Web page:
June 2020
Volume 61, Issue 7
Free
ARVO Annual Meeting Abstract  |   June 2020
IMPACT OF PSEUDOPHAKIA IN IDENTIFICATION OF RETINAL BREAKS PRIOR TO RETINAL DETACHMENT SURGERY
Author Affiliations & Notes
  • Brian Krawitz
    Ophthalmology, Columbia University Medical Center, New York, New York, United States
  • Mark P Breazzano
    Ophthalmology, Columbia University Medical Center, New York, New York, United States
  • Tongalp H Tezel
    Ophthalmology, Columbia University Medical Center, New York, New York, United States
  • Footnotes
    Commercial Relationships   Brian Krawitz, None; Mark Breazzano, None; Tongalp Tezel, None
  • Footnotes
    Support  None
Investigative Ophthalmology & Visual Science June 2020, Vol.61, 4390. doi:
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      Brian Krawitz, Mark P Breazzano, Tongalp H Tezel; IMPACT OF PSEUDOPHAKIA IN IDENTIFICATION OF RETINAL BREAKS PRIOR TO RETINAL DETACHMENT SURGERY. Invest. Ophthalmol. Vis. Sci. 2020;61(7):4390.

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      © ARVO (1962-2015); The Authors (2016-present)

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Abstract

Purpose : To examine the effect of lens status on the likelihood of preoperative missed retinal breaks in rhegmatogenous retinal detachments, and determine if these breaks are more likely to be clinically significant.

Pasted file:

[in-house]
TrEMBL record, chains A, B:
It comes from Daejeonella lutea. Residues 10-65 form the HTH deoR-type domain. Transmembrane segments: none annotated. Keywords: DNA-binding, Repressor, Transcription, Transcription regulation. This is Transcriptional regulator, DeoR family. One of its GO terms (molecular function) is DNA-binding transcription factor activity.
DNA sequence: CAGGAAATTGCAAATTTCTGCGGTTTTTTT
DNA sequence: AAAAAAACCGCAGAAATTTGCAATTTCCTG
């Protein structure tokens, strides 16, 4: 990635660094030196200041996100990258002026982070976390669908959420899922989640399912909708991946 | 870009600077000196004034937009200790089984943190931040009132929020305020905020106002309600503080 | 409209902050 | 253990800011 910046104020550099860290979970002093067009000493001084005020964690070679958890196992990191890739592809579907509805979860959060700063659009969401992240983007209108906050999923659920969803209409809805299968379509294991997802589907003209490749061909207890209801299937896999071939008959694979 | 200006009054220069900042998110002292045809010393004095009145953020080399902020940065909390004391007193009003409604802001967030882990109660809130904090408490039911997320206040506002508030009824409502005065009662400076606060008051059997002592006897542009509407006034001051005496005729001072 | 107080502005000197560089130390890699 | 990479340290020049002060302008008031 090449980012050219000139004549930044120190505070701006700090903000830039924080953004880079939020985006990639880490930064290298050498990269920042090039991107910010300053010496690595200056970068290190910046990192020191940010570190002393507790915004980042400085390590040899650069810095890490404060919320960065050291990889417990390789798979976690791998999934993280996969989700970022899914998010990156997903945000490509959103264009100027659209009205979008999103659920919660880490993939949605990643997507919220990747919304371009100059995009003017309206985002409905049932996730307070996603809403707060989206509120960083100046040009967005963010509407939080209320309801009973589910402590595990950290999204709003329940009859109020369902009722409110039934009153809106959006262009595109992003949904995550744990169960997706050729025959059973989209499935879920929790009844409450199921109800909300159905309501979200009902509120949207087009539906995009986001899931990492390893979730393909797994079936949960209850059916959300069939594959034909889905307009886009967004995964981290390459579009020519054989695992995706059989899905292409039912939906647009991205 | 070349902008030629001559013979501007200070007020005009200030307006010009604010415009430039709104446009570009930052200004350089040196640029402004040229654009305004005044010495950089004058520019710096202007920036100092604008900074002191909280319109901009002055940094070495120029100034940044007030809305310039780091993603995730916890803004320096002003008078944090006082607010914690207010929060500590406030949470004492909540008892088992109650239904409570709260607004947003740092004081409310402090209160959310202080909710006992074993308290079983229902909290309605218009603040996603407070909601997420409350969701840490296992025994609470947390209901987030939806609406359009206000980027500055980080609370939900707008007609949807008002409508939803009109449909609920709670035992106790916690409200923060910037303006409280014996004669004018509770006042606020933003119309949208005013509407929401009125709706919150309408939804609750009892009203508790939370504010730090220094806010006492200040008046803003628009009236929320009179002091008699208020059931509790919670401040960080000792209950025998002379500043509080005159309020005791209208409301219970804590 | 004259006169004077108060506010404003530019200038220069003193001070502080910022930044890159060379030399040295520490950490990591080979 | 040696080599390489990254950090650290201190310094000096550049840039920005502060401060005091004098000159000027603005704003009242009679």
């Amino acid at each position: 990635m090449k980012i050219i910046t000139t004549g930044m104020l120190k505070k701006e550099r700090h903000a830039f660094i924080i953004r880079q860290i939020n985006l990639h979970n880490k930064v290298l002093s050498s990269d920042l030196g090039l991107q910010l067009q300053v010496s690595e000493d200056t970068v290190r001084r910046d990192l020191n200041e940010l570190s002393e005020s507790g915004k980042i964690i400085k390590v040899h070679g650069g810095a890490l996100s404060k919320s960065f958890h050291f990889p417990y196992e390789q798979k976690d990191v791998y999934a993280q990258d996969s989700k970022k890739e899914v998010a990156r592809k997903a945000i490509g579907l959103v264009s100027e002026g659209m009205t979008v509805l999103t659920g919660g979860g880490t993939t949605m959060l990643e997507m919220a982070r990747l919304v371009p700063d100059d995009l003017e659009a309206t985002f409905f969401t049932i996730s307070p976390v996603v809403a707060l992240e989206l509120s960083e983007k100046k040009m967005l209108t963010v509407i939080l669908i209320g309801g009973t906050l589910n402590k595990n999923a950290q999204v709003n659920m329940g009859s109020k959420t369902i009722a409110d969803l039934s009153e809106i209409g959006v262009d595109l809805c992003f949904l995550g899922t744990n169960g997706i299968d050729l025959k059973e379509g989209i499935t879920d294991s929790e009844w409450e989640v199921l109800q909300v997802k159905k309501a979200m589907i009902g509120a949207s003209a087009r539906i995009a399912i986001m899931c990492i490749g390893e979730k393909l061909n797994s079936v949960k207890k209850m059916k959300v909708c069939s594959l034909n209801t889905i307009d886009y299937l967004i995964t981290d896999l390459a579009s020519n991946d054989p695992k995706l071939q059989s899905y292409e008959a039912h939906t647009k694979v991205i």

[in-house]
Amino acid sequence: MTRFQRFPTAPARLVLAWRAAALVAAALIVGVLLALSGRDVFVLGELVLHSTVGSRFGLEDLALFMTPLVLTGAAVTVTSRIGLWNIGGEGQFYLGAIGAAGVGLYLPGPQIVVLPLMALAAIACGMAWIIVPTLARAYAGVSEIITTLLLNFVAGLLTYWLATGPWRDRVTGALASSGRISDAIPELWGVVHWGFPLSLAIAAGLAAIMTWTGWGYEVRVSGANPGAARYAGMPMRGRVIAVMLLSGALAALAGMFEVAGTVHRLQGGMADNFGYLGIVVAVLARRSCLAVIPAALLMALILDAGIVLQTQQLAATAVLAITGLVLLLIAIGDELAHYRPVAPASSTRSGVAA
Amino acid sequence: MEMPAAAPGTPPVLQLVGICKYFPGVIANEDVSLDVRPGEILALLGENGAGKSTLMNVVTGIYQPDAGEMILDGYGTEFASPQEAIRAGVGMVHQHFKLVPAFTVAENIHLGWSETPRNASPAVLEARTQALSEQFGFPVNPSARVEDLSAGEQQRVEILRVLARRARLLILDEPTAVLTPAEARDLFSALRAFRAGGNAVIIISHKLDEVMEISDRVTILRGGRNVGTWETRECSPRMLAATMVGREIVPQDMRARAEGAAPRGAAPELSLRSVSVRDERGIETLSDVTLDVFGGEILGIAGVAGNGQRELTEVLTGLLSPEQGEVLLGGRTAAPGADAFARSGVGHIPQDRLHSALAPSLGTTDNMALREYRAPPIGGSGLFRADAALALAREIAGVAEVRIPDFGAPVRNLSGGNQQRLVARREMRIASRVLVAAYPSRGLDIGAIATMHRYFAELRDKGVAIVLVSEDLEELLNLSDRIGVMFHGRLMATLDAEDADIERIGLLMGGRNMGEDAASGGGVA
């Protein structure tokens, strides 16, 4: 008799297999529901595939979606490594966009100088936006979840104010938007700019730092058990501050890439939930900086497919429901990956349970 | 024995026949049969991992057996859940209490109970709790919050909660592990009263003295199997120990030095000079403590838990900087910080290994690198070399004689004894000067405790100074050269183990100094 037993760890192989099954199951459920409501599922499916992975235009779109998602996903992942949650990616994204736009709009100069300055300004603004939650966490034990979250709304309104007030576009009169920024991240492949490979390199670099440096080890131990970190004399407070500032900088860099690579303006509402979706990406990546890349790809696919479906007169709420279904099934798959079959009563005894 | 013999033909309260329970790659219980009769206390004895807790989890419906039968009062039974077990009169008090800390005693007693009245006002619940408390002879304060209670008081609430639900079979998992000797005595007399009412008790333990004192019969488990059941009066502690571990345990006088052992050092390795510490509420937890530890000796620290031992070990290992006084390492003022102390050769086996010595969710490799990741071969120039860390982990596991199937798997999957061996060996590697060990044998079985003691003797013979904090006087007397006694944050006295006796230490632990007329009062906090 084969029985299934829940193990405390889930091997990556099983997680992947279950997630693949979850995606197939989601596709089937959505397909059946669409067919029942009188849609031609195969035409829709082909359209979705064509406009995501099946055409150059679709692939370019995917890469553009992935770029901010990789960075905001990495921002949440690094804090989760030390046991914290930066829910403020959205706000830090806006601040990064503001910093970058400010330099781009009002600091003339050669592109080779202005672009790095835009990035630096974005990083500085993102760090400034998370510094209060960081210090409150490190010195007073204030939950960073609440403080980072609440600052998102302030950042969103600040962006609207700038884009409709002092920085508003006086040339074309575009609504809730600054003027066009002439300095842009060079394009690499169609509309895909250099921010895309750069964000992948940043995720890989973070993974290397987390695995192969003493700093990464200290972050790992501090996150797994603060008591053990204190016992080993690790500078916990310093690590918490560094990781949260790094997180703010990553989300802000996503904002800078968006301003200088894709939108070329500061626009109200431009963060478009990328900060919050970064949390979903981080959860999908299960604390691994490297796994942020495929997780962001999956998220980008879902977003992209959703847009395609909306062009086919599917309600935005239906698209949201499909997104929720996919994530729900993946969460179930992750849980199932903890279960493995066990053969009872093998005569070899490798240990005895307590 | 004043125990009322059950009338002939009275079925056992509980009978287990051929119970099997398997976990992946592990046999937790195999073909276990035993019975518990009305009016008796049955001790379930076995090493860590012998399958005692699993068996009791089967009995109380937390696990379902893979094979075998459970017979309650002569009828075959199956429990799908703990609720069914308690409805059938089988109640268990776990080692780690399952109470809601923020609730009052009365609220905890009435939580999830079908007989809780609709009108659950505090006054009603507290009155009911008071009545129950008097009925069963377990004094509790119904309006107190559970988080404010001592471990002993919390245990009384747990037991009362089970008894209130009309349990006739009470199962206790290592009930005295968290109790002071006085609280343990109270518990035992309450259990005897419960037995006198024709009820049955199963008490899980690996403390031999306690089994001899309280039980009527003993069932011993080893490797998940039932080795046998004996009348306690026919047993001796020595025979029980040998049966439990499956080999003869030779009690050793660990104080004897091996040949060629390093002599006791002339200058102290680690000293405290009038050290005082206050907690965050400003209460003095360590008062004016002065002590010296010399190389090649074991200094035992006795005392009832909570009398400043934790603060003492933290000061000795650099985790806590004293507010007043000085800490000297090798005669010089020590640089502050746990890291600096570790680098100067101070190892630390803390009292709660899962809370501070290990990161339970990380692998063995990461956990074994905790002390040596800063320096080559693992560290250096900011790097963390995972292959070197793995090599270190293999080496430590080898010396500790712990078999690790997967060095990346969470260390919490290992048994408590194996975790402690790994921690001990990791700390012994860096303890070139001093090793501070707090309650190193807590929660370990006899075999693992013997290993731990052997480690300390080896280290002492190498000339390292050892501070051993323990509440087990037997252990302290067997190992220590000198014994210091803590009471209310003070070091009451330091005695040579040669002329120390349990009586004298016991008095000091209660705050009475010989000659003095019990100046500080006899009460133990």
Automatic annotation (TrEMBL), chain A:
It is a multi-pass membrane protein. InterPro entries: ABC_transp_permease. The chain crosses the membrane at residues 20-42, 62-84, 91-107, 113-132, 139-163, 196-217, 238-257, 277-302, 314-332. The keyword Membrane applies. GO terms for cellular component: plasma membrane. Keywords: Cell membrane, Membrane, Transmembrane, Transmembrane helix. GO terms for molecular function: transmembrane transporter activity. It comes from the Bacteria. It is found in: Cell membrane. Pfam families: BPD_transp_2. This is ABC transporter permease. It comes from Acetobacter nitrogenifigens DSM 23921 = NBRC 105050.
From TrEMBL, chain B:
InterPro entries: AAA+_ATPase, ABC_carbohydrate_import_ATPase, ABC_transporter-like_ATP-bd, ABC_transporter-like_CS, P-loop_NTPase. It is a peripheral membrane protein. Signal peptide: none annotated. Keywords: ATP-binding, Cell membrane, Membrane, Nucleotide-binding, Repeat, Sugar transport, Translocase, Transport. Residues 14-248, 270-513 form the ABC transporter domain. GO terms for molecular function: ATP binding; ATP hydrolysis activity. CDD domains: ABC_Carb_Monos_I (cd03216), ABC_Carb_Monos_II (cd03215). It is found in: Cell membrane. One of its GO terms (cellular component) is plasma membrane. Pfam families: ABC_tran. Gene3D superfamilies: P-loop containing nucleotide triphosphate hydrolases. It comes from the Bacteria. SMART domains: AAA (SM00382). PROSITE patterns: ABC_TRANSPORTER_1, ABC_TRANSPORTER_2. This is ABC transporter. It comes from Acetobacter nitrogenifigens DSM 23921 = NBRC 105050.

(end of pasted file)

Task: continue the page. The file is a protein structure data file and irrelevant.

Methods : A retrospective review was performed of phakic and pseudophakic eyes with primary rhegmatogenous retinal detachments that underwent surgical repair. A “missed retinal break” was classified as a break that was not identified on preoperative exam but was found in the operating room during repair. Missed breaks were further classified as “clinically significant missed breaks” if no break was found preoperatively, or if they were located more than 3 clock hours away from the preoperative identified breaks. Analysis was conducted using the Pearson Chi-square test.

Results : 110 phakic and 65 pseudophakic eyes were included for analysis. 17 phakic (15.5%) and 33 pseudophakic (50.7%) eyes had at least one missed retinal break. Of these eyes with missed retinal breaks, 5/17 (29.4%) had clinically significant missed breaks in the phakic group, versus 23/33 (69.7%) in the pseudophakic group. Chi-square analysis demonstrated a significant relationship between lens status and the presence of a missed retinal break (p<0.001), as well as on subanalysis when comparing lens status to the presence of a clinically significant missed break (p=0.007).

Conclusions : Pseudophakic eyes in primary rhegmatogenous retinal detachments are more likely to have missed retinal breaks preoperatively, and these breaks tend to be more clinically significant when compared to phakic eyes. These are important considerations when examining patients with rhegmatogenous detachments and choosing methods for surgical repair.

This is a 2020 ARVO Annual Meeting abstract.

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